Late last month the IRS released, in the form of 26 Q/As in Notice 2015-87, guidance on the application of various provisions of the Affordable Care Act to employer-sponsored health coverage. The Notice covers a number of important issues, including the effect of health reimbursement account contributions, cafeteria plan flex credits, and employer opt-out payments on an employee’s cost of coverage for purposes of determining affordability under Code § 4980H(b). The Notice also addresses the application to government entities of the employer shared responsibility rules, information reporting for applicable large employers, health savings account matters for persons eligible for benefits through the Department of Veterans Affairs, COBRA continuation coverage for carried over health flexible spending account balances, and penalty relief for employers that make a good faith effort to comply with the ACA reporting rules.
Regarding employer opt-out arrangements, for months the IRS has stated, informally in various settings, that an employer should include the value of an opt-out payment in determining and reporting an employee’s cost of coverage. (An opt-out payment is taxable income provided to an employee for waiving coverage under the employer’s health plan.) Under this rule an opt-out payment might cause an employee’s cost of coverage to become unaffordable, thereby potentially subjecting the employer to an assessable payment. Though the statutory and regulatory basis for this position is somewhat thin, a senior official at the IRS confirmed this view to us last summer.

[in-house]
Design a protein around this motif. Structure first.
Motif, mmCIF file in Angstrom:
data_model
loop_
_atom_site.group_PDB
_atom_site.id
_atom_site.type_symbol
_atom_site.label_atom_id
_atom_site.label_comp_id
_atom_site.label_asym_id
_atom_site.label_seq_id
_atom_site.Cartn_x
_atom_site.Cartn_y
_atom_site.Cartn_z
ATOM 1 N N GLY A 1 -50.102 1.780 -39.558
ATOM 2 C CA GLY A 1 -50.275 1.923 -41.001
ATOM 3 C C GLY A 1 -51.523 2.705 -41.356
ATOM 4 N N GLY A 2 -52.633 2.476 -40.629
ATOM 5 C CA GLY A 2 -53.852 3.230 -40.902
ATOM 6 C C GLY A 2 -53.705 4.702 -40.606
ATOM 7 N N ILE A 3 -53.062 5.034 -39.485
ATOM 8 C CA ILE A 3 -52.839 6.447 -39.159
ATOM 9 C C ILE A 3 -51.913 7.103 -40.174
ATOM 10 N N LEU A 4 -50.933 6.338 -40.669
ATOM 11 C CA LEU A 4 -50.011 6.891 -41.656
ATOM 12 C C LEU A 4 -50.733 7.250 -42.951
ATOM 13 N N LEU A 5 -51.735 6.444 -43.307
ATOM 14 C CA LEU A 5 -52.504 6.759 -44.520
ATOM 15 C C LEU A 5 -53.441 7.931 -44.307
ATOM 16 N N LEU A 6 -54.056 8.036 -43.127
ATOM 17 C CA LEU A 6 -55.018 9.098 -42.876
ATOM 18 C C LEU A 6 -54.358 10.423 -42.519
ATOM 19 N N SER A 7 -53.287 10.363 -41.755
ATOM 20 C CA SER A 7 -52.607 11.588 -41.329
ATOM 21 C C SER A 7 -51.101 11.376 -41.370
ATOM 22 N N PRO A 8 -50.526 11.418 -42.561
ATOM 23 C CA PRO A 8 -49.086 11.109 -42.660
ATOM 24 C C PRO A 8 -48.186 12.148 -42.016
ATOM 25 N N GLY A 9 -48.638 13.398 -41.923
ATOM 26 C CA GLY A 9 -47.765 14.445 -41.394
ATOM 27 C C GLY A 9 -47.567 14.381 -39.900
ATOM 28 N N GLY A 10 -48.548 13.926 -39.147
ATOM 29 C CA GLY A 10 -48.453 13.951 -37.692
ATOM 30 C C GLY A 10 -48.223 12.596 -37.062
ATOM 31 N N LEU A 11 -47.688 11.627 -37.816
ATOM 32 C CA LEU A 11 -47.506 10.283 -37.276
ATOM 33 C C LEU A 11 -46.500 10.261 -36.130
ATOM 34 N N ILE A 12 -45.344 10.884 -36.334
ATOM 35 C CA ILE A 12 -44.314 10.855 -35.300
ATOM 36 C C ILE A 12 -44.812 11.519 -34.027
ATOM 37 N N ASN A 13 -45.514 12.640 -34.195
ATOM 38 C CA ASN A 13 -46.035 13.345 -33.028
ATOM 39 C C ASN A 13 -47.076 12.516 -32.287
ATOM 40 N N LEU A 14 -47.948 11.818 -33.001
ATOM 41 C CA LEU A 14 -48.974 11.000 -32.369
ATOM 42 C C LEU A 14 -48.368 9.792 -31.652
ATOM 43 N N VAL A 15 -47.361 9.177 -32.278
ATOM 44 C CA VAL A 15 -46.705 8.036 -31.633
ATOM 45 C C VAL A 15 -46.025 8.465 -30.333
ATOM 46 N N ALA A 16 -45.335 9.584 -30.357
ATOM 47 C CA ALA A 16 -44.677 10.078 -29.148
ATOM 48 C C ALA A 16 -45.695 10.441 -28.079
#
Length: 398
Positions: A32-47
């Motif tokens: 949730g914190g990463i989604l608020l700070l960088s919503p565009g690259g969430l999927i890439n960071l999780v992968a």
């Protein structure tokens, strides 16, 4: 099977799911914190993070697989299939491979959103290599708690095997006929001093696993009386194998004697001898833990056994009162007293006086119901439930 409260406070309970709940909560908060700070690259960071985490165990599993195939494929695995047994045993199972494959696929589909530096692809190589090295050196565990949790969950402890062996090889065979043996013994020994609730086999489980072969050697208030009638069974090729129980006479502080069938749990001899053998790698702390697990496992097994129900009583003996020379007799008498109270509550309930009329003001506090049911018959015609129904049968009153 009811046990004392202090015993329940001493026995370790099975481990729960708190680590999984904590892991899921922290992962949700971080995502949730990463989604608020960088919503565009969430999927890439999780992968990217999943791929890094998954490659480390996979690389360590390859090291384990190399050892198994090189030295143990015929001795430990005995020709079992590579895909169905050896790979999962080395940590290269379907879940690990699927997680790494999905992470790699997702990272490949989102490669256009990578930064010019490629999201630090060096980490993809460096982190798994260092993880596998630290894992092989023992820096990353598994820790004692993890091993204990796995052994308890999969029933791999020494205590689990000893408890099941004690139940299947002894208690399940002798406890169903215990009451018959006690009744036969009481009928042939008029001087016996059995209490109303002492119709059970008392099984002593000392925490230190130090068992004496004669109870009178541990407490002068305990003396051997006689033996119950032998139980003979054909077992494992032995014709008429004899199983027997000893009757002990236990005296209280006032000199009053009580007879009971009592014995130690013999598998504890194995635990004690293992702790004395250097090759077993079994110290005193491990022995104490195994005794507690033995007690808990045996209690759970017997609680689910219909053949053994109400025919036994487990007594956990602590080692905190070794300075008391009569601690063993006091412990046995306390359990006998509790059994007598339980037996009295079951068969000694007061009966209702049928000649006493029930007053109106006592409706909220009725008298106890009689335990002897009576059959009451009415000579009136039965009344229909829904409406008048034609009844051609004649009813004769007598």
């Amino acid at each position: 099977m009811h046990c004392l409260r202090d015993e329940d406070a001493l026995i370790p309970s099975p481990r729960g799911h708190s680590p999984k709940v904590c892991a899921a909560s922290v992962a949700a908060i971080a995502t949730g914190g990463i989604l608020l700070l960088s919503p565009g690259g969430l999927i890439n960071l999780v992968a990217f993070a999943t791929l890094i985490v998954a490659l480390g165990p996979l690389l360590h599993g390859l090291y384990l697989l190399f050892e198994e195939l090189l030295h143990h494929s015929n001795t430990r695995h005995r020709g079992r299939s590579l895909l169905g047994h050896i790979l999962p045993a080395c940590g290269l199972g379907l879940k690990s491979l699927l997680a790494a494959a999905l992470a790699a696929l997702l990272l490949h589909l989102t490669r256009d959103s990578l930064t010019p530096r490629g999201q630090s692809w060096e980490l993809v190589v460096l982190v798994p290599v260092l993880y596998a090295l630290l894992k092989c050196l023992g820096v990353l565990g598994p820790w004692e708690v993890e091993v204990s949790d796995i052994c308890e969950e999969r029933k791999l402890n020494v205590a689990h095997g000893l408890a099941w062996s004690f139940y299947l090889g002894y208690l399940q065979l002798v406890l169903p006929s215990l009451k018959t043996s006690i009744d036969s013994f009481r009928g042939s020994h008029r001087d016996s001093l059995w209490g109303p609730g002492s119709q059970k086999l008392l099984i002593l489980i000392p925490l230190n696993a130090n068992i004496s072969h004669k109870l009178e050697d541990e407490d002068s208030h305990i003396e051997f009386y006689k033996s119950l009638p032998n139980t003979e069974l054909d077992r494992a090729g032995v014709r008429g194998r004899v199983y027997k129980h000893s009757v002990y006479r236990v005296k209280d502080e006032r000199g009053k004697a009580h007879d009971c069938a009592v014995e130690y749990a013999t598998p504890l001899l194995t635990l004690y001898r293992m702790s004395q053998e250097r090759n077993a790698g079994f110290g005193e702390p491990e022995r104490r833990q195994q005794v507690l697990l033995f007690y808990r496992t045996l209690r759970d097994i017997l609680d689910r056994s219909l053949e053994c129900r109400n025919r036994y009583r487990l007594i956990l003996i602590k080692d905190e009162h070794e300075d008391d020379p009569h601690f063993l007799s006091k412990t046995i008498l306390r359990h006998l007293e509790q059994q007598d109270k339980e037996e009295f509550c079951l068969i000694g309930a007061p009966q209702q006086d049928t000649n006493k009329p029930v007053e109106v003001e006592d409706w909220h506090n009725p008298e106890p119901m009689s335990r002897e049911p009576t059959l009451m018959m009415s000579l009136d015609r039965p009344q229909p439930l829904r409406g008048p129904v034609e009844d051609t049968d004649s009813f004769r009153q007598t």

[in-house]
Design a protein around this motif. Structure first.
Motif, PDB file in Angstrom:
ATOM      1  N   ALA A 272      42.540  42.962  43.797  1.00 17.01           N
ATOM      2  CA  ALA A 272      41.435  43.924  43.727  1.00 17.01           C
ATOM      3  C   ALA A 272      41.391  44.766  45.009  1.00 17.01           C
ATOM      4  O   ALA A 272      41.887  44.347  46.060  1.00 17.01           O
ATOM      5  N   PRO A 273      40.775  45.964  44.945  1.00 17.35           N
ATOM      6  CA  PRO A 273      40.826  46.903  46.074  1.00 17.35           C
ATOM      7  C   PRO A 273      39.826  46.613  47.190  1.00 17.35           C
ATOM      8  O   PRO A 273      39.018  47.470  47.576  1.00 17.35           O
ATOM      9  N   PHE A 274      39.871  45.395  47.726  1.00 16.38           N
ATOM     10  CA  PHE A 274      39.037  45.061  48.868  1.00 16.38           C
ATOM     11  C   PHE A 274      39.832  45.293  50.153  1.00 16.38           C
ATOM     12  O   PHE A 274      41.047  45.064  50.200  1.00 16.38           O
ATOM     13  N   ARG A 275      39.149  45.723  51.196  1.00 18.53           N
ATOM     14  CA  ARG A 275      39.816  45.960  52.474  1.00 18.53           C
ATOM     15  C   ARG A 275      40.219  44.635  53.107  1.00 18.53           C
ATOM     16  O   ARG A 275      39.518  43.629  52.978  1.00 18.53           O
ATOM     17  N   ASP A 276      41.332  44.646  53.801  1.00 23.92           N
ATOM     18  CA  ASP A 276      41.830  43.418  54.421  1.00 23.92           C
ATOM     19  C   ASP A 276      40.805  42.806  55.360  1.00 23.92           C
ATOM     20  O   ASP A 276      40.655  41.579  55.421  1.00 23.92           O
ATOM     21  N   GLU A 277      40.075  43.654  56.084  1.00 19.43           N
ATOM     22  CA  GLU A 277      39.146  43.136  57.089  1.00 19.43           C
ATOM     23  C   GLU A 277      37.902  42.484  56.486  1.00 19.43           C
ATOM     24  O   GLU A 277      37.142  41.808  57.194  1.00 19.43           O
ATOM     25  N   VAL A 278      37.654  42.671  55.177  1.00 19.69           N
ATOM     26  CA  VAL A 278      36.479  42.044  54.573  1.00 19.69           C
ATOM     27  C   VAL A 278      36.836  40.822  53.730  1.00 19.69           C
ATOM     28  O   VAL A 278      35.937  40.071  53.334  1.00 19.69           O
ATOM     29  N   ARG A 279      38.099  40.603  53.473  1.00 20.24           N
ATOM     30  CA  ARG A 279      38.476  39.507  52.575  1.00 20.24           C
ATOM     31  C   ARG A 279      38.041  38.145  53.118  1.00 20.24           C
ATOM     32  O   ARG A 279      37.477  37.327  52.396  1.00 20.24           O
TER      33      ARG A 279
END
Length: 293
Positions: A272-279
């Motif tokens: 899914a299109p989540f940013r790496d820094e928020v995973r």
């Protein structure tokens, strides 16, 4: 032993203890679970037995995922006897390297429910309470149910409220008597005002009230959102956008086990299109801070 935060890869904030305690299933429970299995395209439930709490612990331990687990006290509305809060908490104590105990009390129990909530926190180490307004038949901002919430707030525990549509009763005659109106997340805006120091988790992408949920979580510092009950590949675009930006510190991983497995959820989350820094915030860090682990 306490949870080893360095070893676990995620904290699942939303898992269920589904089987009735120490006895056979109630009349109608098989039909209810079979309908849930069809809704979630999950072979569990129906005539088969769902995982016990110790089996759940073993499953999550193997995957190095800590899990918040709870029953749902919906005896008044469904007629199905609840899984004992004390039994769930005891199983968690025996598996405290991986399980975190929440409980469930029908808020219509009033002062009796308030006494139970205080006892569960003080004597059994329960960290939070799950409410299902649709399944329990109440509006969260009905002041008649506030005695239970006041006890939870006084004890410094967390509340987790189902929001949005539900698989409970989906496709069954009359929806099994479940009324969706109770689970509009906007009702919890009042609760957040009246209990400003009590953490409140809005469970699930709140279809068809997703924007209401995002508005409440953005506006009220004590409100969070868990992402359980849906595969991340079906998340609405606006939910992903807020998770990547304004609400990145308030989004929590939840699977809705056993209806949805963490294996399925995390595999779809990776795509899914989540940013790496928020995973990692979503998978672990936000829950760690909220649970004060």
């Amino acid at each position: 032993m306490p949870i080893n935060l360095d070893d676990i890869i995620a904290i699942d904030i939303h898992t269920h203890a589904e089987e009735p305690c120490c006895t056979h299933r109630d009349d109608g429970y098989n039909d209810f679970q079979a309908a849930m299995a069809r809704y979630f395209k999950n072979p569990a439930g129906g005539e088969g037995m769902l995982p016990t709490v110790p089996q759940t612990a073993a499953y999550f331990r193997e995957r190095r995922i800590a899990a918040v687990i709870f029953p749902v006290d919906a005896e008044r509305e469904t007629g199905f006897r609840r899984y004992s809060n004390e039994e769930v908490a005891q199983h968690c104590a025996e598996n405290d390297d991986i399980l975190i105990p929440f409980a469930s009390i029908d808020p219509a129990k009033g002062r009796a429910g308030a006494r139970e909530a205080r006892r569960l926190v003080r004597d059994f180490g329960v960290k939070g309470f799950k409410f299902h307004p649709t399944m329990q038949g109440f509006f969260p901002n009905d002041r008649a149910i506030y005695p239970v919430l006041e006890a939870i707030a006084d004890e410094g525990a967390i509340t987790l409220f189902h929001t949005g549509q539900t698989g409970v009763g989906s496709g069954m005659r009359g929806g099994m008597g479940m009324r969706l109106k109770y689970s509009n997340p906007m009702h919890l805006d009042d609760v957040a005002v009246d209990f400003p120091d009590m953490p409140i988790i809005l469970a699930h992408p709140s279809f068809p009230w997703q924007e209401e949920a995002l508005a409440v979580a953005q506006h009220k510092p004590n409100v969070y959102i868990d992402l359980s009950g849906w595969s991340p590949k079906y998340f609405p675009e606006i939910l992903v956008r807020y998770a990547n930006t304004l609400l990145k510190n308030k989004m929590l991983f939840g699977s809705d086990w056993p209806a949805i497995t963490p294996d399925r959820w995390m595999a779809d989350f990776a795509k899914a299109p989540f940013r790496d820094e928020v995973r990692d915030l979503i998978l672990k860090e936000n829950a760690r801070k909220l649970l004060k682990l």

Oddly enough, Notice 2015-87 both confirms and retreats from this position. Specifically, it provides that until the issuance of further guidance a payment under any opt-out payment arrangement in place prior to December 17, 2015 need not be reported on Form 1095-C and will not, on its own, cause an employer to be subject to a shared responsibility penalty. Further (as confirmed by communication with the principal author of the Notice) and again until IRS guidance states otherwise, a payment under a conditional opt-out arrangement (for example, one requiring an employee to show proof of coverage under the spouse’s plan in order to receive the payment) adopted at any time need not be reported on Form 1095-C and will not, on its own, cause an employer to be subject to a shared responsibility penalty.
Though the Notice provides that, for the time being, opt-out payments under certain arrangements need not be added to an employee’s cost of coverage for purposes of reporting and determining affordability, such payments will be added to an employee’s cost of coverage for purposes of determining (i) the employee’s eligibility for a subsidy on the Exchange, and (ii) whether the employee might be exemption from a penalty under the individual mandate.